Birthing Difficulties

When dogs have abnormal or difficult labor, it is called dystocia. This could occur for a number of reasons and put your dog into a lot of discomforts. While Samoyeds are no exception to dystocia, they do have a certain predisposition towards painful labor.

Samoyeds have a higher chance of dystocia because their genetic defects are more likely to produce a litter with birth defects. These defects, mostly physical, can make the pregnancy and birthing process painful.

The most common reasons for dystocia are an inappropriately size and shape of the uterine canal (defect in the mother) or position or shape of the puppy in the birth canal. Symptoms of dystocia in dogs are vaginal discharge, vomiting, extended or early labor etc.

If you notice any of these abnormalities when your dog is giving birth, call for a vet immediately. Your doctor may administer medicines to support and strengthen the contractions. In the worst cases, the vet may manually assist the labor. If all else fails, an emergency cesarean may be considered, but in very rare and urgent cases.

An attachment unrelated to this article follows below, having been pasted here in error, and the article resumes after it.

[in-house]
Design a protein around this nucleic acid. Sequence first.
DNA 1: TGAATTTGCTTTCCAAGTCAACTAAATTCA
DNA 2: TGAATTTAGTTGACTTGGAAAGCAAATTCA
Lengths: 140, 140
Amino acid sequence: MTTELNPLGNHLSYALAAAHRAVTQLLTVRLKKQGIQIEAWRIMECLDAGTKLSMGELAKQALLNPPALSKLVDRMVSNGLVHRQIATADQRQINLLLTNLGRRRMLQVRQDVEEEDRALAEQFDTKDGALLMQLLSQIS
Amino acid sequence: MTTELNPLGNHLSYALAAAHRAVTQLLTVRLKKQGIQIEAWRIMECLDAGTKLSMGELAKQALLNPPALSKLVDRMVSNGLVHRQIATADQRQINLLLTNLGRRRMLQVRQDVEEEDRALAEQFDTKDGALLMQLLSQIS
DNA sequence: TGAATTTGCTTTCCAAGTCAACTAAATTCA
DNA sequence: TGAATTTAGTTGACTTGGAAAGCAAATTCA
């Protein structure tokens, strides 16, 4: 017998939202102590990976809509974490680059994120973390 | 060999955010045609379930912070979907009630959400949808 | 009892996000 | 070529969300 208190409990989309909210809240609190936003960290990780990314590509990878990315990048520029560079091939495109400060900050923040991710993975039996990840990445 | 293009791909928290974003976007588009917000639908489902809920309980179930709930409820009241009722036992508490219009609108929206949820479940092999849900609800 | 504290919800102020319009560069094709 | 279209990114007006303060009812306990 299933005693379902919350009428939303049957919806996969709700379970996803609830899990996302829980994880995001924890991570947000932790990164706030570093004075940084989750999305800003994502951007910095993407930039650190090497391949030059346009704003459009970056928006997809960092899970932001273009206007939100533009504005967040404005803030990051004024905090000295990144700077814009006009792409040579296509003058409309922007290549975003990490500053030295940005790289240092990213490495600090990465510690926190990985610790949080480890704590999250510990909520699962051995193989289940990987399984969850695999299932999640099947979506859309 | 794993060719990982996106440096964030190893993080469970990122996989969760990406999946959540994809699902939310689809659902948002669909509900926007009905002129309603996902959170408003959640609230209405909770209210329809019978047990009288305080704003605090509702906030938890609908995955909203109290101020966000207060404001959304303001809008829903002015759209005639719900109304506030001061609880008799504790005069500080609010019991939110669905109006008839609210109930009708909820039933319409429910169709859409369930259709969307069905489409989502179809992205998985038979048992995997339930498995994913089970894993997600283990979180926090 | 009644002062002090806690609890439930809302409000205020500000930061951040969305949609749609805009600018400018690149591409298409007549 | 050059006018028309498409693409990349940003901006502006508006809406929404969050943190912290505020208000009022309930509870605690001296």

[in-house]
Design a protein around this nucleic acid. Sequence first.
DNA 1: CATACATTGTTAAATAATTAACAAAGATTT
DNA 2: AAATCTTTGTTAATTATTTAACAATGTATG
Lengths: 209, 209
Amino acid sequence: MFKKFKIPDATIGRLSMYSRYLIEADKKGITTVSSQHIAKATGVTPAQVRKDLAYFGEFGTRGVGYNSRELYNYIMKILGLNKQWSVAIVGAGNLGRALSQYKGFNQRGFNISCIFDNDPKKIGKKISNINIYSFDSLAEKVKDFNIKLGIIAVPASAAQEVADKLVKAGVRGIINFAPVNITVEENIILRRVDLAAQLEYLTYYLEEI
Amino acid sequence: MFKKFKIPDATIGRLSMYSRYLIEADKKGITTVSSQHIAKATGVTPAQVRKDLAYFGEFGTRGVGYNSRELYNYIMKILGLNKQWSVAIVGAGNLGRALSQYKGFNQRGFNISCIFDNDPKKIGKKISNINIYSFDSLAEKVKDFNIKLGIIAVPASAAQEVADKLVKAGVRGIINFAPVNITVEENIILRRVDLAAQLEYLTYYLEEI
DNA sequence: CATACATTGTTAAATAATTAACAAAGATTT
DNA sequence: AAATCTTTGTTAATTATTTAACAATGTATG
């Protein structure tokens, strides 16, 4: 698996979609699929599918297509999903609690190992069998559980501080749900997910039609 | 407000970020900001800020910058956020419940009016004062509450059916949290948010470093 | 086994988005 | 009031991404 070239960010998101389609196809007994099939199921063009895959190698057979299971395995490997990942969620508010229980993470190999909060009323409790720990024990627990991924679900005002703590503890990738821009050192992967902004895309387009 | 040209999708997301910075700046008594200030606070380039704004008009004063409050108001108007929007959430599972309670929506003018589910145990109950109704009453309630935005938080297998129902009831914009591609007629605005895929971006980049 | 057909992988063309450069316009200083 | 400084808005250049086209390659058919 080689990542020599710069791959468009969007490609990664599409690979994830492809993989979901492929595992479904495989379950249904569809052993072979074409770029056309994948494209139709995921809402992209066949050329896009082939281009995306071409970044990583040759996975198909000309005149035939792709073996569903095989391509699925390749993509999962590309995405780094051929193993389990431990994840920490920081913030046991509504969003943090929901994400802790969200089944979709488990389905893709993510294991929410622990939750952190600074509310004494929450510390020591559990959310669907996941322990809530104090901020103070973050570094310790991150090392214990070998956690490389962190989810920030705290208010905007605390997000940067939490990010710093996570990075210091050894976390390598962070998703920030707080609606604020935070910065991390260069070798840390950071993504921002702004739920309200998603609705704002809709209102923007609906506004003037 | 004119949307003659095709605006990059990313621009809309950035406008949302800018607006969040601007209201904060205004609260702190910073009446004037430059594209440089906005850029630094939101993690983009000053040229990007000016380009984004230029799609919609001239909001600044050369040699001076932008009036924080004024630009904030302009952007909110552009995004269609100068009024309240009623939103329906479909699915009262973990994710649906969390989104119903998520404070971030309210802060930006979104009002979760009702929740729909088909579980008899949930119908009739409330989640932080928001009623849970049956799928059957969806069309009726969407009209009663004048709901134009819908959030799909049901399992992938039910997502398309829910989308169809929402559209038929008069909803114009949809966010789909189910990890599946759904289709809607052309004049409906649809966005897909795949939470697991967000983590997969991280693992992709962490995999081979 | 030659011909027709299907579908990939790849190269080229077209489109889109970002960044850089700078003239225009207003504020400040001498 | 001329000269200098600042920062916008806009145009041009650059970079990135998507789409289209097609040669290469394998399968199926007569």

Pricing

Pedigree Samoyed puppies start from $1,000 and can reach multiples depending on the lineage. A stud service fee from a decent male will cost generally cost you the price of a puppy or less.

For those looking to breed Samoyeds for the price they will fetch, you’re in luck. Samoyeds, being wonderful dogs, can fetch extremely high prices, especially adult dogs. Puppies can also go for good rates, but they need to have been sired by a proven stud.

Samoyed standard chart
A chart showing the key characteristics of the standardized Samoyed breed.

Samoyeds FAQs

We have rounded up common questions about Samoyeds and decided to answer them quickly. Feel free to leave a comment below to ask further questions.

Do Samoyeds need to exercise daily?